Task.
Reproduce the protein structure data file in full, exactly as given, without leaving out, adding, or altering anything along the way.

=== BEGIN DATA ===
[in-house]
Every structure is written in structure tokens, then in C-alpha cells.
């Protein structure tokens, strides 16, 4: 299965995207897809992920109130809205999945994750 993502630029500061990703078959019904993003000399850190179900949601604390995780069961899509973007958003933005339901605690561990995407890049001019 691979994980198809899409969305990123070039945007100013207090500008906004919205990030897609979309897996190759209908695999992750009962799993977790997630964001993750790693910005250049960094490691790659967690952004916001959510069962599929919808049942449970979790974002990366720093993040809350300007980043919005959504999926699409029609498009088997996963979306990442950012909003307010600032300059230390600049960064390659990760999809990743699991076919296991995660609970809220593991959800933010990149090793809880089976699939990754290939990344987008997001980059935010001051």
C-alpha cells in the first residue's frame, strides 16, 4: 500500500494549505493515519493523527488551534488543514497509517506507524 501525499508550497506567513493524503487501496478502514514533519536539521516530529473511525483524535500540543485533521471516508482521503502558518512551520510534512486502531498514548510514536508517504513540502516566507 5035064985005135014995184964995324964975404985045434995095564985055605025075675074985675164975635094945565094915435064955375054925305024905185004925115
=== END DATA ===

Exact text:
[in-house]
Every structure is written in structure tokens, then in C-alpha cells.
């Protein structure tokens, strides 16, 4: 299965995207897809992920109130809205999945994750 993502630029500061990703078959019904993003000399850190179900949601604390995780069961899509973007958003933005339901605690561990995407890049001019 691979994980198809899409969305990123070039945007100013207090500008906004919205990030897609979309897996190759209908695999992750009962799993977790997630964001993750790693910005250049960094490691790659967690952004916001959510069962599929919808049942449970979790974002990366720093993040809350300007980043919005959504999926699409029609498009088997996963979306990442950012909003307010600032300059230390600049960064390659990760999809990743699991076919296991995660609970809220593991959800933010990149090793809880089976699939990754290939990344987008997001980059935010001051």
C-alpha cells in the first residue's frame, strides 16, 4: 500500500494549505493515519493523527488551534488543514497509517506507524 501525499508550497506567513493524503487501496478502514514533519536539521516530529473511525483524535500540543485533521471516508482521503502558518512551520510534512486502531498514548510514536508517504513540502516566507 5035064985005135014995184964995324964975404985045434995095564985055605025075675074985675164975635094945565094915435064955375054925305024905185004925115